1793. The subject of this sketch was edu- 
cated at the Public and High schools and 
Queen's University, Kingston, from which 
he graduated with the degree of B.A. in 
1863, and was called to the Bar 1868. Suc- 
cessfully practised his profession at Belle- 
ville for many years and was appointed 
Junior Judge for the County of Hastings on 
December 28, 1881, which office he filled for 
some thirty-five years, when he retired. 
Was revising officer for East and West 
Hastings, and a Judge of the Surrogate Court 
for the County of Hastings for ten years, 
and a member of Queen's University Council 
for over twenty-five years. Served as 
Lieutenant in the 49th Regiment 1868-74, 
and retired retaining rank. He was noted 
as a strong and active writer on all political 
subjects before his elevation to the Bench. 
Being a keen sportsman, taking a lively 
interest in hunting, fishing, camping and 
canoeing, Judge Fraleck contributed fre- 
quently to the "Canadian Magazine," 
"Canada Sportsmen," "Forest and Stream," 
the result of his experience. He has always 
been an ardent Imperialist and Protectionist. 
Judge Fraleck has won distinction as a 
ready and fluent speaker, and rendered 
splendid services as such during the Con- 
federation campaign and subsequently. Mar- 
ried August 14, 1874, to Jane E., daughter 
of William Judd, of Stirling, County of 
Hastings, and five children were the result 
of the union: Ernest Leigh (died 1909), 
Charles Cecil, Madeliene, Jessie, and Helen. 
He is a member of the Masonic Order and 
Orange Order, and in religion is a Presby- 
terian. Politically, the Judge was before 
his elevation to the Bench, a member of 
the Conservative Party. 

Davey, James, Ottawa, Ont. The Ottawa 
Manager of The Toronto General Trusts Cor- 
poration; has been with the Company since it 
was first established by the late J.W.Langmuir,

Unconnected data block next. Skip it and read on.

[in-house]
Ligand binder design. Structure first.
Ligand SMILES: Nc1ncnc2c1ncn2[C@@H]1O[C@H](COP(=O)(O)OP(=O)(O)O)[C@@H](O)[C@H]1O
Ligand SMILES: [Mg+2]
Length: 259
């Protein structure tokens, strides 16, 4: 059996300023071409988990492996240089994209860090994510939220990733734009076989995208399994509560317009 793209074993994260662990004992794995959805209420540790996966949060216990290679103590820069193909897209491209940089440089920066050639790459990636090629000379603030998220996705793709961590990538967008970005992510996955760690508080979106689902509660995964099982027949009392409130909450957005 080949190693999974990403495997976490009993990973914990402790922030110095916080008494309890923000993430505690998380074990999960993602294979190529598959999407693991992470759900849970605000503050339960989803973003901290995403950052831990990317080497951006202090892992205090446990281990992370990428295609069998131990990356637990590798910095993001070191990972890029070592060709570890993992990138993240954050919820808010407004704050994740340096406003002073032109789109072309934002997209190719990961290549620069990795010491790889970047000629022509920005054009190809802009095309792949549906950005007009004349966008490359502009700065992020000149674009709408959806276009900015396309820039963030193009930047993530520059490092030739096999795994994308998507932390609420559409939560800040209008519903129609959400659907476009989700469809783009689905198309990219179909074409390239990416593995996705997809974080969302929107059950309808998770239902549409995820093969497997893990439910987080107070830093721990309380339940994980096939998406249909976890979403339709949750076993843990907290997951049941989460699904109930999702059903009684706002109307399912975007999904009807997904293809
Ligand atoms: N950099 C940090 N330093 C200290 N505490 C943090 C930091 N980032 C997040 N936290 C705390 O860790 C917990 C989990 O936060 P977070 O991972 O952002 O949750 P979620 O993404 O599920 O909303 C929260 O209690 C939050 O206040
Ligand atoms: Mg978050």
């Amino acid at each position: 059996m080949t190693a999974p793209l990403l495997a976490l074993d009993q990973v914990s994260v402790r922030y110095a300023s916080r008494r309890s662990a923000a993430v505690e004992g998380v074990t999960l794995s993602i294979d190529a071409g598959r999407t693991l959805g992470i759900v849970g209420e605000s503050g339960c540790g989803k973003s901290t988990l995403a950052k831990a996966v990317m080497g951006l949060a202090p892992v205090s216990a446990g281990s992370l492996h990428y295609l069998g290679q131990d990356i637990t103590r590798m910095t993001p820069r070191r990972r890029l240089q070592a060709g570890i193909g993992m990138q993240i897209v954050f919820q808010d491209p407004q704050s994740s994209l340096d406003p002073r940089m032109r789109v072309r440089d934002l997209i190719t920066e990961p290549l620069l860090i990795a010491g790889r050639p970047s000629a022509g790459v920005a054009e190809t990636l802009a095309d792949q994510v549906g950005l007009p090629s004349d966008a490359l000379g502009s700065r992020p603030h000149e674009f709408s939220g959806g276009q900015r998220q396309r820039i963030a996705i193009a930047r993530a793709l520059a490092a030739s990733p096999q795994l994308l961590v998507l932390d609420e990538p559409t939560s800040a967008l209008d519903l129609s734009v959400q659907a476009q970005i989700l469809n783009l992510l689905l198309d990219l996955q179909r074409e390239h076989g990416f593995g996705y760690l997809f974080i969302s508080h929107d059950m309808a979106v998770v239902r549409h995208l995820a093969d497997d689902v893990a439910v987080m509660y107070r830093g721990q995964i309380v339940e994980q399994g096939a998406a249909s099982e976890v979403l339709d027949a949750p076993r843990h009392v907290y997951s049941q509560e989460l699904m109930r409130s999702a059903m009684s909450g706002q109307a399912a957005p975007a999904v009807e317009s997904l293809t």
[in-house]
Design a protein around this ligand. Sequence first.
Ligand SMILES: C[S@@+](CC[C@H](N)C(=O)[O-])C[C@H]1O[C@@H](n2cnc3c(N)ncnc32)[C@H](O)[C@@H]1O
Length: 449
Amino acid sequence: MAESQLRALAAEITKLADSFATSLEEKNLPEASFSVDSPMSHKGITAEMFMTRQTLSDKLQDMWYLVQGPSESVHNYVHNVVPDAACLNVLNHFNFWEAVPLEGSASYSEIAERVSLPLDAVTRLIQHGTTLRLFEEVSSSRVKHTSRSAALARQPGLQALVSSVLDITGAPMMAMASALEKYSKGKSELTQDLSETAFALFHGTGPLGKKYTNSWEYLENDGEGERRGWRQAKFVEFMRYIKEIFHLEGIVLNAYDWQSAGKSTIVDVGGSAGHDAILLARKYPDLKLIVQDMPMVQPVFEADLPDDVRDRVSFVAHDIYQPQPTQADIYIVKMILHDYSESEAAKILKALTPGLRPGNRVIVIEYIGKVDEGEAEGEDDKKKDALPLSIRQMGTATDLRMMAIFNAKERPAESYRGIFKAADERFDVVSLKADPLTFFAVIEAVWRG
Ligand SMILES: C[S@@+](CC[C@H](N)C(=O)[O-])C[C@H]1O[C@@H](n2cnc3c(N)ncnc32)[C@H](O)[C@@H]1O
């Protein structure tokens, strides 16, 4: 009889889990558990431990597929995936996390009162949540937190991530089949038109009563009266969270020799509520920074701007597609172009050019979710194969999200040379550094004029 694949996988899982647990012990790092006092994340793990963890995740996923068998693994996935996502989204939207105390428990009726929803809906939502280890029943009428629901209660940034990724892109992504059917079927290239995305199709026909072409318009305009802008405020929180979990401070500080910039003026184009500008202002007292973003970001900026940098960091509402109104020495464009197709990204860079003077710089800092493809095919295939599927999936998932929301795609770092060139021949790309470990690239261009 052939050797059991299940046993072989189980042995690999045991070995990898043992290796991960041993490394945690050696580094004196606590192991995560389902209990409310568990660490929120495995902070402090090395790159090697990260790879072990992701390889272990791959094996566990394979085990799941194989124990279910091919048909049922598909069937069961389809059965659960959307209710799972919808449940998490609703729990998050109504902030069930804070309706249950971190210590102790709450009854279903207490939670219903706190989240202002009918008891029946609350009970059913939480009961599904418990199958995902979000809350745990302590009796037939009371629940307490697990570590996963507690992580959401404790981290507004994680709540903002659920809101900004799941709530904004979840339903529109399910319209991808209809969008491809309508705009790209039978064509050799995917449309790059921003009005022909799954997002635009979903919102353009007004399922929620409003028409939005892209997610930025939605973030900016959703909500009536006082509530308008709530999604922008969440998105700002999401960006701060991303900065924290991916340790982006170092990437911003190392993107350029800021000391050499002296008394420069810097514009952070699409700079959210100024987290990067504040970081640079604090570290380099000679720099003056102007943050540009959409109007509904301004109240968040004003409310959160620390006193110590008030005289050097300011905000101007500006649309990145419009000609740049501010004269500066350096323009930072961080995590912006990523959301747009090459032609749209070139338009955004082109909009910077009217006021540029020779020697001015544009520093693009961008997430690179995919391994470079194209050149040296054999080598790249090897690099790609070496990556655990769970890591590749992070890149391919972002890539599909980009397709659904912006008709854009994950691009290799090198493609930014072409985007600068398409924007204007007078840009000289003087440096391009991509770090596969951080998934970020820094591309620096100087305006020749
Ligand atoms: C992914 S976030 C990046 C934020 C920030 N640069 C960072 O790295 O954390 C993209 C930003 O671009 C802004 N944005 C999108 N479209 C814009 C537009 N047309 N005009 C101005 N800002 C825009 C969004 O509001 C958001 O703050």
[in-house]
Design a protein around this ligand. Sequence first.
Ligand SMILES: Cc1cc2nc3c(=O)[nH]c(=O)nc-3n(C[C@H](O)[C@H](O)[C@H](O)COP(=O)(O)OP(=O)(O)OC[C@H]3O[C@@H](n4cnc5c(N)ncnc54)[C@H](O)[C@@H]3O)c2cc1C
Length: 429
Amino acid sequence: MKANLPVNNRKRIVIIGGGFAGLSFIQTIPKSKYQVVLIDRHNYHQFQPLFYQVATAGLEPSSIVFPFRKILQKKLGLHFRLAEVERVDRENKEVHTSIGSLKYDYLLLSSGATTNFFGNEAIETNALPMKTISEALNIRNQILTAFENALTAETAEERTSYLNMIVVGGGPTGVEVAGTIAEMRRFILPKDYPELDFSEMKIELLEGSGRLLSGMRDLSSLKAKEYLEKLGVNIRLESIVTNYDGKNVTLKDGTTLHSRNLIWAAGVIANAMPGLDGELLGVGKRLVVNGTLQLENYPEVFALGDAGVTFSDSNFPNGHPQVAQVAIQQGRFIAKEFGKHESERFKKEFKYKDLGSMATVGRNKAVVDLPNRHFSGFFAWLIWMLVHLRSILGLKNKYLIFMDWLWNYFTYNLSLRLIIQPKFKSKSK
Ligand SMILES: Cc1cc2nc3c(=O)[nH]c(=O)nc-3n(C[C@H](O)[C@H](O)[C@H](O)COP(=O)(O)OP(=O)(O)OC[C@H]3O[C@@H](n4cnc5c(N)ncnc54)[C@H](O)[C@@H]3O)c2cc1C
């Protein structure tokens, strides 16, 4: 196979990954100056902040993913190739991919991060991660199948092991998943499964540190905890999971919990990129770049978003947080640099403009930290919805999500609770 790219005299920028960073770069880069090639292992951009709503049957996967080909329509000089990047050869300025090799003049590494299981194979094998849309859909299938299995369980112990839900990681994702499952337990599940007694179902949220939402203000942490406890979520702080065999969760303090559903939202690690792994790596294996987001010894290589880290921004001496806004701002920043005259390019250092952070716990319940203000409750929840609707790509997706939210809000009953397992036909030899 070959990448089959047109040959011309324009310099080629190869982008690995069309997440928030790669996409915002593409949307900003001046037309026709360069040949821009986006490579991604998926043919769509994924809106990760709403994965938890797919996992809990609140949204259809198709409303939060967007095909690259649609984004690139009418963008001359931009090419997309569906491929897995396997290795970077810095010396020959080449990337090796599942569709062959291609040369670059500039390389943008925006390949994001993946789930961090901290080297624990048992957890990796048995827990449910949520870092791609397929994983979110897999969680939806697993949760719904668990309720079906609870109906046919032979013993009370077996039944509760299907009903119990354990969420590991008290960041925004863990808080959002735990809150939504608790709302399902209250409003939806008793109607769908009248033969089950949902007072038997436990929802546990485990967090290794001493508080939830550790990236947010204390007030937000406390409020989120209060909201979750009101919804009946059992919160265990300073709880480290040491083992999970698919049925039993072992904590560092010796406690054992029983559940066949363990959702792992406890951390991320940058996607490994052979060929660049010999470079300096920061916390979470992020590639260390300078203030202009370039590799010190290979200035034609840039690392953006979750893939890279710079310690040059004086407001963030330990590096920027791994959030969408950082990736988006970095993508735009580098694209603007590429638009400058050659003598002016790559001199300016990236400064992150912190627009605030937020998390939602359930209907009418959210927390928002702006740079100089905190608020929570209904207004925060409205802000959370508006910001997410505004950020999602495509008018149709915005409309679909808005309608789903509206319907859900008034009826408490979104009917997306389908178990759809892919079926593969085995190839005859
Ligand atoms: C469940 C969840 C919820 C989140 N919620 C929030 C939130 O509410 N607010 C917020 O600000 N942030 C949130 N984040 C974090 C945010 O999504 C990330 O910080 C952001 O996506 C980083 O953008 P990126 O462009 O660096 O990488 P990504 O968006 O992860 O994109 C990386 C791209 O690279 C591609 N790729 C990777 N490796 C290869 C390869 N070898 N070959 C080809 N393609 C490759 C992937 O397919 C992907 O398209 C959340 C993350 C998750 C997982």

in the spring of 1882, and was its first account- 
ant. In April, 1917, he celebrated the 35th 
anniversary of his connection with the com- 
pany. In length of service he is the oldest 
Canadian trust company officer. He has 
been manager of the Ottawa branch of To- 
ronto General Trusts Corporation since 1905. 
Mr. Davey arrived in Canada in March, 1882, 
after having been for nearly ten years in the 
accountant's office of one of the largest news- 

paper publishing houses in the West of Eng- 
land. For a period of 15 years he was chief 
accountant of The Toronto General Trusts 
Corporation, afterwards occupying the posi- 
tion of secretary for several years. Subse- 
quently he was placed in charge, for a period 
of three years, of one of the largest loan 
company liquidations in Canada. In Janu- 
ary, 1902, Mr. Davey was appointed manager 
of the newly opened branch of The Toronto 
General Trusts Corporation in Winnipeg, 
and in January, 1905 (shortly after the Cor- 
poration purchased the business of the Ot- 
tawa Trust and Deposit Company), Manager 
at Ottawa. Mr. Davey was born in Alder- 
ney, Channel Islands, on September 15, 1855, 
and was educated at the National Schools, 
Alderney, and the Grammar School, Lost- 
withiel, Cornwall, England. His parents 
were James Davey and Mary Anne Davey. 
He married Caroline Grace Gerrans, daughter 
of Joseph Gerrans and Mary Gerrans, Corn- 
wall, England, and is the father of six sons 
and daughters Joseph Frederick, Marion 
Elizabeth, Herbert Gerrans (now deceased), 
Thomas Deslandes, Caroline Grace, Lillian 
James. Mr. Davey is a member of the 
Laurentian Club, Ottawa, is a Methodist in 
religion, and an Independent in politics. He 
resides at 430 Maclaren Street, Ottawa. 

Tremeear, William J. (Pasadena, Cal.), 
Counsellor-at-Law, a native of Bowmanville, 
Ont., received his primary education at the